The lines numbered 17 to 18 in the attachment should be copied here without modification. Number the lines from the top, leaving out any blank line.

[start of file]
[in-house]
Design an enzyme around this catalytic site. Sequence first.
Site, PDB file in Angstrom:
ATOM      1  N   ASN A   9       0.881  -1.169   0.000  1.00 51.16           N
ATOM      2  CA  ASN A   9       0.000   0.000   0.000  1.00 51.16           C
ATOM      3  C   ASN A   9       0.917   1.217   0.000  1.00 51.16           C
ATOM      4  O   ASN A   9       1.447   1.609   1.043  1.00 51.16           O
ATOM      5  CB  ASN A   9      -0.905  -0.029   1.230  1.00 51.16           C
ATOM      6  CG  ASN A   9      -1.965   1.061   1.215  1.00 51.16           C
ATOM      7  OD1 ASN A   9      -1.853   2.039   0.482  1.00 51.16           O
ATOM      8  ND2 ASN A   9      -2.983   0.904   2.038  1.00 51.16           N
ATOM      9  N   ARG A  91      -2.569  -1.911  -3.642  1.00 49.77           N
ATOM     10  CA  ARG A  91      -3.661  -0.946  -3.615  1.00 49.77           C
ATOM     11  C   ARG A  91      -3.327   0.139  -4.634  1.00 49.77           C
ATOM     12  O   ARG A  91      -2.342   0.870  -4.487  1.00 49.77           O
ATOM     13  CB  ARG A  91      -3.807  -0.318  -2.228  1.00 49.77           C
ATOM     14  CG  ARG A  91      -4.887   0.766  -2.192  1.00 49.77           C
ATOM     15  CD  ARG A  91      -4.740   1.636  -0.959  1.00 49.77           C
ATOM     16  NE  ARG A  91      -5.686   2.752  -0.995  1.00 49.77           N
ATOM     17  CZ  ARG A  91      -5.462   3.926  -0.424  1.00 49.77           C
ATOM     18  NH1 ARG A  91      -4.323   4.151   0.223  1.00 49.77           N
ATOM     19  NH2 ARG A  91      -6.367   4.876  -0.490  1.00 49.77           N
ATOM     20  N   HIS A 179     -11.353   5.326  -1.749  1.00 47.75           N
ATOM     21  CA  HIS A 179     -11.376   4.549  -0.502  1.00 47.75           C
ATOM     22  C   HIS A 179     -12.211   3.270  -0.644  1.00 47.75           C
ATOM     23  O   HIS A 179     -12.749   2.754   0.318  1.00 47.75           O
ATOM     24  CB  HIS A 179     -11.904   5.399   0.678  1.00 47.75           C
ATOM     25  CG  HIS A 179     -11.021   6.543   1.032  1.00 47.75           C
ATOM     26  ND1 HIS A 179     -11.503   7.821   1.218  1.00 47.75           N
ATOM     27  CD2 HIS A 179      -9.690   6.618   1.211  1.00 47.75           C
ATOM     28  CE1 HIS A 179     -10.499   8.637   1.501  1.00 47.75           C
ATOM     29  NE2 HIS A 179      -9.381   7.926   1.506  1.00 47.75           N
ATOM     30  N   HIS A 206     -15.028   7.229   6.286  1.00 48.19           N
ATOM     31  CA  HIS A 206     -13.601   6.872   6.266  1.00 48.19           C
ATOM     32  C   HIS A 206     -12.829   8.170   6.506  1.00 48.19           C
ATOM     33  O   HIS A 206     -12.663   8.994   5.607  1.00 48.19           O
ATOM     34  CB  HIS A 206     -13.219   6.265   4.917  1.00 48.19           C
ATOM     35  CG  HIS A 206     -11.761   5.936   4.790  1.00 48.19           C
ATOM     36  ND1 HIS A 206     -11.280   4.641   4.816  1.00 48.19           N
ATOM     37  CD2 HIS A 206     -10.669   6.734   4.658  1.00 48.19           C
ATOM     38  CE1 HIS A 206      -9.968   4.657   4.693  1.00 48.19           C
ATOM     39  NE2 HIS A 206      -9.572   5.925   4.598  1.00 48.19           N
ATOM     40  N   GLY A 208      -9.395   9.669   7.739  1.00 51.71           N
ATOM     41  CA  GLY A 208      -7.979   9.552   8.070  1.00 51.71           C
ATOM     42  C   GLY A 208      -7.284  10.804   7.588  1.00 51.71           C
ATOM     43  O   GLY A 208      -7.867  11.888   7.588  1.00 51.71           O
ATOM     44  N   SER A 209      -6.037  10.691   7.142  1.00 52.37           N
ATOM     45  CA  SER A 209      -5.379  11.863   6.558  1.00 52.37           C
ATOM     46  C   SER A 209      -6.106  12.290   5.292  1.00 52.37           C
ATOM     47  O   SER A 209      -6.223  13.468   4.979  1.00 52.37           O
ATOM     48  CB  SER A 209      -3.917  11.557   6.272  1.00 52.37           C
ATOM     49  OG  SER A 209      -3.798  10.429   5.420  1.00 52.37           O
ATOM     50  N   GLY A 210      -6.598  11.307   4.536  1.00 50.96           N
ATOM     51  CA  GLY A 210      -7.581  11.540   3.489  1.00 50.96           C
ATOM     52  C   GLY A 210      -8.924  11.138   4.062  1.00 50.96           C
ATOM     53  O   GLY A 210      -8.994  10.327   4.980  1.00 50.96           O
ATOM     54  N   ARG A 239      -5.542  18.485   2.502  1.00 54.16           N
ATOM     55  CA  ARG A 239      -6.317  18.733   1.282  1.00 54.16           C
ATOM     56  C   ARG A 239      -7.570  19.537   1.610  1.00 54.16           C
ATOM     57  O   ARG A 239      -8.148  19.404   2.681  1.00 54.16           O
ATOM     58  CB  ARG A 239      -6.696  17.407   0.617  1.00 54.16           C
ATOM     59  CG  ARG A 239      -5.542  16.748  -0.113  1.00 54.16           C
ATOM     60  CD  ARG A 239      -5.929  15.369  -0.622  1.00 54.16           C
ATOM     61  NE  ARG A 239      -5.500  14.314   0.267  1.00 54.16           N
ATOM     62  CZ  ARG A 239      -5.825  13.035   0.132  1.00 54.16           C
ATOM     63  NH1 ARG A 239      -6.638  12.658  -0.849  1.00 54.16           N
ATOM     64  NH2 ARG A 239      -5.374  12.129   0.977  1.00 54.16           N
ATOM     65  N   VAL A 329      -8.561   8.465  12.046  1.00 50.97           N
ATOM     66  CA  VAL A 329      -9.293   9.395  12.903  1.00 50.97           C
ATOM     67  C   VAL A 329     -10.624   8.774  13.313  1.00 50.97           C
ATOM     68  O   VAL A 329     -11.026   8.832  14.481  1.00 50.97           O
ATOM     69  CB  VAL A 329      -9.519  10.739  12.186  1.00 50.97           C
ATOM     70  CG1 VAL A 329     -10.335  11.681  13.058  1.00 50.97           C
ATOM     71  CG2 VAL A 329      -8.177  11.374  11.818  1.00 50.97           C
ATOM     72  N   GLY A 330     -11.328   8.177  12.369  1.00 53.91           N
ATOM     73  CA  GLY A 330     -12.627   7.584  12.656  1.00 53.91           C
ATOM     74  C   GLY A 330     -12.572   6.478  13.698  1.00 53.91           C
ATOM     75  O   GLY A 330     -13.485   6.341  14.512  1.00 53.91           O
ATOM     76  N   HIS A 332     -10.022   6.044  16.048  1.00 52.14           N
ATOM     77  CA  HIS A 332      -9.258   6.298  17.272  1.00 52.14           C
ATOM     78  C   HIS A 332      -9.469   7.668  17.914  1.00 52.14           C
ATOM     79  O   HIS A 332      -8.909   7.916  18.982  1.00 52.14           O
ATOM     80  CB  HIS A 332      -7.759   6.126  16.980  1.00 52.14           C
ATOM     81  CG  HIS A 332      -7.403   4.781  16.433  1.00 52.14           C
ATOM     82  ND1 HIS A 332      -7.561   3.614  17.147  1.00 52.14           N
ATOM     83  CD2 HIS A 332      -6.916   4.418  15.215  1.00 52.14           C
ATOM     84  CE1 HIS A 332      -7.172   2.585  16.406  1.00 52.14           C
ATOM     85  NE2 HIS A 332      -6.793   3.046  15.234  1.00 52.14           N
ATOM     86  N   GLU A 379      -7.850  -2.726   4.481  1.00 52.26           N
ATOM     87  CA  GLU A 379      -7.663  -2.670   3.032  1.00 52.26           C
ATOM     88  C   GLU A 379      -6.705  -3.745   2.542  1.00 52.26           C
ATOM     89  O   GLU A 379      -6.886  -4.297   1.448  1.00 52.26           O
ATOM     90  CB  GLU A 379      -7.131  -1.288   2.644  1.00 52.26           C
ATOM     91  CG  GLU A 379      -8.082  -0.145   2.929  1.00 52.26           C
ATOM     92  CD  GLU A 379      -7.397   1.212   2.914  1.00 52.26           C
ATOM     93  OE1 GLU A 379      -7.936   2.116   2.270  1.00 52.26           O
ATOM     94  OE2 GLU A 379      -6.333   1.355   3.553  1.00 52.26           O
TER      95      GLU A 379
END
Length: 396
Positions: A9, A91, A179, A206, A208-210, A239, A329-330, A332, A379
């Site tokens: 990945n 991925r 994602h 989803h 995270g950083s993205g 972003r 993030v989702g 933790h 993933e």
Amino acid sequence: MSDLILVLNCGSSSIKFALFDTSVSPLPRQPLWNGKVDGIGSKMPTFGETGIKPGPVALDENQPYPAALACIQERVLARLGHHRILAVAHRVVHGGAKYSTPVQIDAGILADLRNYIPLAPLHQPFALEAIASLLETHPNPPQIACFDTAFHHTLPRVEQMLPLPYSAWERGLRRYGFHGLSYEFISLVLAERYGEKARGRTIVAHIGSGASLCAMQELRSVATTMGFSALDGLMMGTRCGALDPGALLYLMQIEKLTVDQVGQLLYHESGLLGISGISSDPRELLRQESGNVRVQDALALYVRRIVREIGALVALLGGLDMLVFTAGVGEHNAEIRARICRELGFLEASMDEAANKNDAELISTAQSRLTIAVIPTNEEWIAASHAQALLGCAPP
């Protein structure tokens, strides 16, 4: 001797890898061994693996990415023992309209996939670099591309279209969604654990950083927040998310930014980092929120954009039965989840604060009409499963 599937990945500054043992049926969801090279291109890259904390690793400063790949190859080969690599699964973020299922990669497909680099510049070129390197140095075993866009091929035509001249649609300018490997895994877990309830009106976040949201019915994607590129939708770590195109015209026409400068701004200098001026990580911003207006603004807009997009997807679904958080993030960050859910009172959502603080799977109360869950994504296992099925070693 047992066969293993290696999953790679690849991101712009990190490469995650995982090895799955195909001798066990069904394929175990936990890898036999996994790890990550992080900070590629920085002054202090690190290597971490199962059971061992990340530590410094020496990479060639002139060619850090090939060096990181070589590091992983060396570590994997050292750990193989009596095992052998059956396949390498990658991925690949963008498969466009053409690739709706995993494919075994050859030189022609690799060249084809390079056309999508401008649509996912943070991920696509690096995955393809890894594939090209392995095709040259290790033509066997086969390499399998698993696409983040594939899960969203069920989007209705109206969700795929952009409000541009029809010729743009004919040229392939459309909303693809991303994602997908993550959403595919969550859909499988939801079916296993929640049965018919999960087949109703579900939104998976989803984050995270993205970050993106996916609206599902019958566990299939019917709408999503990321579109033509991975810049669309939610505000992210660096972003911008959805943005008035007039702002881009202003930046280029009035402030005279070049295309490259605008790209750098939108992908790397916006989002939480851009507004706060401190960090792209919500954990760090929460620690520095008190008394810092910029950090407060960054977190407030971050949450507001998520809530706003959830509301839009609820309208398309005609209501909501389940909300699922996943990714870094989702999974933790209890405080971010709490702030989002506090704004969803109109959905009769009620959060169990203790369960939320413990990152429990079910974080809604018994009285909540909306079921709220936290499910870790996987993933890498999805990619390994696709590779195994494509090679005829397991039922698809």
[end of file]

ATOM     14  CG  ARG A  91      -4.887   0.766  -2.192  1.00 49.77           C
ATOM     15  CD  ARG A  91      -4.740   1.636  -0.959  1.00 49.77           C